Hopefully these suggestions will find you something good this Halloween! Barring anymore hiccups I’ll post again on November 11, where we’ll continue to follow the Fears and this unusual town to the very end. Stay spooky!


What’s Next?


I was going to finish out this summer with Goodnight Kiss 2 and then take a little break, but the truth is my anxiety level has been so high these past few weeks, I’ve barely been able to do the things I have to do much less the things I do for fun on the Internet. Real life hit me pretty hard these past few weeks. My free time in August and September will be spent finding a place to move into and then moving, so I’d rather chill on this blog and come back well rested with brand new material. But I’ve accrued something of a following with this blog, and some of you have even been nice enough to send me donations for the next book. (Thank you, by the way! Nothing has thrilled me quite as much as receiving a message that says they love my blog and look forward to more!)

And since you, gentle readers, have been with me on this journey, I figure it’s time you got a say in what I read next. I made a list of ten potential books that would be interesting to get into next. The #1 on this list will be the next book I read (starting back in October), and any votes for the others will let me know I should be looking into next. I don’t know if these’ll be the exact next ten I read, but knowing what’s wanted and what’s popular will definitely push me towards it.

Feel free to add anymore suggestions in the comments! Like I said, I want to know what interests you. Thank you for your readership, and I will see you in October!


Return of the Fear Street Cheerleaders!


I went hunting for the next Fear Street book to read (and a digital version, since I ended up being pretty busy), and I found the summary for the next Fear Street novel through Amazon.

cheerleaders returned.png

The Fear Street cheerleaders are returning! It looks like the evil won’t be part of the plot of this one, but you know who is the main villain? Devra Dalby, not Reva, but I imagine they’re going to be just about the same character. I haven’t read any of the relaunch yet but am waiting for just the right moment to cover it here, but I did find an excerpt of the next book through ew.com. If you’re wondering, ‘has R.L. Stine gotten any better at writing kissing?’, the answer is a definitive no:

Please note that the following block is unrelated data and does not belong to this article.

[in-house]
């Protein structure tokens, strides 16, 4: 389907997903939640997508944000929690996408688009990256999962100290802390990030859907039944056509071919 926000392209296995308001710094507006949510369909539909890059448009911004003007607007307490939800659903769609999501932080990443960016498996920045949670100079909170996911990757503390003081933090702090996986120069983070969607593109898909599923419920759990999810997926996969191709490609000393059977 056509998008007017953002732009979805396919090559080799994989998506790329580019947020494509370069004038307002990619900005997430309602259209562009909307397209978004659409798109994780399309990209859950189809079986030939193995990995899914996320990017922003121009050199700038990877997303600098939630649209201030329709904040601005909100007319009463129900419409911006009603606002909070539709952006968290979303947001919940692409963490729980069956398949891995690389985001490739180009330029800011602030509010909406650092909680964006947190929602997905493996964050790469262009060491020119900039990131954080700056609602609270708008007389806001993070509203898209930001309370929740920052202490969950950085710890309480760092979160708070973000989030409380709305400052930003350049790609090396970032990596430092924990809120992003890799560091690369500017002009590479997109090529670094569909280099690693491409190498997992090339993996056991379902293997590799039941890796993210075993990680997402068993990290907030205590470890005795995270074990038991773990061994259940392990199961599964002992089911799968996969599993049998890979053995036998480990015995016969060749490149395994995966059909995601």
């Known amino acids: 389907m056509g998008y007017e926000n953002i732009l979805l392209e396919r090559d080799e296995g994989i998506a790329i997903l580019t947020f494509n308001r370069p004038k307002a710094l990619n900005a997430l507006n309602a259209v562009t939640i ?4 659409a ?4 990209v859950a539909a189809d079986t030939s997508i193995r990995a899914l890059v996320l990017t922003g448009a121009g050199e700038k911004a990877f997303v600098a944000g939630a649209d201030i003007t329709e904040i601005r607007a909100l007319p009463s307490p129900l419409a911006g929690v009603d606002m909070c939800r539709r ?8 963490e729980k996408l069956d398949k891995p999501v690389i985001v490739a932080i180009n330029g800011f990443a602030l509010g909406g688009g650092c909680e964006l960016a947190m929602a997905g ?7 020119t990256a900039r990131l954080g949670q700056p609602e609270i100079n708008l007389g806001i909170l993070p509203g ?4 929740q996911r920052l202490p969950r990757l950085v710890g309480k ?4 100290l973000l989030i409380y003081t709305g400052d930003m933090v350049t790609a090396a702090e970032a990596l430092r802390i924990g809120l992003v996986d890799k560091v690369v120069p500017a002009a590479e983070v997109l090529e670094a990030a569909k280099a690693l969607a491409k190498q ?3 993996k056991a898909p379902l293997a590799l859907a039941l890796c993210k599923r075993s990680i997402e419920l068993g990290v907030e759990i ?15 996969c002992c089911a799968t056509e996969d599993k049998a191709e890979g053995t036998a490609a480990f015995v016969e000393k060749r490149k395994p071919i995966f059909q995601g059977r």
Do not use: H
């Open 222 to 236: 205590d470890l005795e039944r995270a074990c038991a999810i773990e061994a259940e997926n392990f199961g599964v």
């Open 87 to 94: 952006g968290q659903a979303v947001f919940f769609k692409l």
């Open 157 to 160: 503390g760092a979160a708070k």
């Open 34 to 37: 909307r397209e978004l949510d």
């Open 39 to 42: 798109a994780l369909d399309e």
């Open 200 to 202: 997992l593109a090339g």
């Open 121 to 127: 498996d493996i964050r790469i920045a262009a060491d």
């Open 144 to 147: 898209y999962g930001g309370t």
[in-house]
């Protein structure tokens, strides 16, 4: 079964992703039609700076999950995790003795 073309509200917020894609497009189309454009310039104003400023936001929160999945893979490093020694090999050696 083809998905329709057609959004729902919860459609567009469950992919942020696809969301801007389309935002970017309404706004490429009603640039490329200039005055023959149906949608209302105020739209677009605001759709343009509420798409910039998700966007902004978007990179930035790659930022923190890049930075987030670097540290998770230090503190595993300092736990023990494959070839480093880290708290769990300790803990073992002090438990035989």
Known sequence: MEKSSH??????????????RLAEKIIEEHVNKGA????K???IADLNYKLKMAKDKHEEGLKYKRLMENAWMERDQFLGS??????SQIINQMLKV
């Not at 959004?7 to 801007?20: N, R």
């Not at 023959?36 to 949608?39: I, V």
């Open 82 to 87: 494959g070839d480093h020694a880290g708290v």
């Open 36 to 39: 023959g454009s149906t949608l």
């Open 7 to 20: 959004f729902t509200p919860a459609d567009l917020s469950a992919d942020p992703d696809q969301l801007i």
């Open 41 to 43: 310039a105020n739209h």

But instead he wrapped his arms around her waist, lowered his face to hers, and kissed her. The kiss lasted a long time. She gave herself to it.

I’m pretty excited for this, and it’s motivating me to read the relaunch. We’ll see as of April if this holds up to the high standards the cheerleaders have left before us.


November Break


Hey, guys! I’ve been reading Fear Street books pretty consistently throughout 2016 and have posted weekly on this site for 8 months. For a site I started just for an excuse to reread every single Fear Street book, I feel pretty good about that. November and December are holiday times, though, and while I do have several reads planned for December, I think this month I will put a pause button on it. I’ve read nearly 40 Fear Street books since starting this, and I think it’s time to give my brain a little break. Don’t worry though! Because we’ll be spending Christmas with a very special girl, who has more money than manners, whose daddy owns a certain department store, and this new year I’m going to return to some of our favorite characters.

As for November, I need a vacation from Shadyside. If you’re still desperate for something spooky, I do have a bi-monthly old west themed horror serial called Deadlands that just posted its eighth chapter and a special Halloween short. Or you can head over to my writing blog Black Cat Fiction and read the spooky short stories I posted there (which, come January, should be posting its own horror themed high school story). As of December 4th, I will be posting here again. After all, it’s not as though any of us can escape Fear Street.